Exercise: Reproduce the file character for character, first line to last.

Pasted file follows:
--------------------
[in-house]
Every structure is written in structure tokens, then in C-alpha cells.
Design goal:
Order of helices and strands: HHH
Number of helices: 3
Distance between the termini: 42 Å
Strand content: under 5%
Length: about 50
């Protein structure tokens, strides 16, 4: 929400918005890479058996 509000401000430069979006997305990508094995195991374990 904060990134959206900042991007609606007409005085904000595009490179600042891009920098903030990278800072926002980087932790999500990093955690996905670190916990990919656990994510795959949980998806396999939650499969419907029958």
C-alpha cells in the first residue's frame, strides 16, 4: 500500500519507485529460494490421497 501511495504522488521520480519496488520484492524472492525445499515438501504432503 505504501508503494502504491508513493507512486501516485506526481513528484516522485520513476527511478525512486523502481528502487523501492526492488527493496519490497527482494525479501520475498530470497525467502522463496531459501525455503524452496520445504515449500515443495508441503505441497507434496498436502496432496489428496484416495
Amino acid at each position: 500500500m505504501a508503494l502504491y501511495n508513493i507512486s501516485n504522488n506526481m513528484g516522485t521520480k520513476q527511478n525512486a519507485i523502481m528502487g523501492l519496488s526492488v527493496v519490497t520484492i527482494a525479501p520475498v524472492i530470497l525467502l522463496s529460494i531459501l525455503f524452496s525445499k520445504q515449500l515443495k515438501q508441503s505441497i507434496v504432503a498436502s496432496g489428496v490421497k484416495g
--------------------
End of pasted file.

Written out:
[in-house]
Every structure is written in structure tokens, then in C-alpha cells.
Design goal:
Order of helices and strands: HHH
Number of helices: 3
Distance between the termini: 42 Å
Strand content: under 5%
Length: about 50
């Protein structure tokens, strides 16, 4: 929400918005890479058996 509000401000430069979006997305990508094995195991374990 904060990134959206900042991007609606007409005085904000595009490179600042891009920098903030990278800072926002980087932790999500990093955690996905670190916990990919656990994510795959949980998806396999939650499969419907029958």
C-alpha cells in the first residue's frame, strides 16, 4: 500500500519507485529460494490421497 501511495504522488521520480519496488520484492524472492525445499515438501504432503 505504501508503494502504491508513493507512486501516485506526481513528484516522485520513476527511478525512486523502481528502487523501492526492488527493496519490497527482494525479501520475498530470497525467502522463496531459501525455503524452496520445504515449500515443495508441503505441497507434496498436502496432496489428496484416495
Amino acid at each position: 500500500m505504501a508503494l502504491y501511495n508513493i507512486s501516485n504522488n506526481m513528484g516522485t521520480k520513476q527511478n525512486a519507485i523502481m528502487g523501492l519496488s526492488v527493496v519490497t520484492i527482494a525479501p520475498v524472492i530470497l525467502l522463496s529460494i531459501l525455503f524452496s525445499k520445504q515449500l515443495k515438501q508441503s505441497i507434496v504432503a498436502s496432496g489428496v490421497k484416495g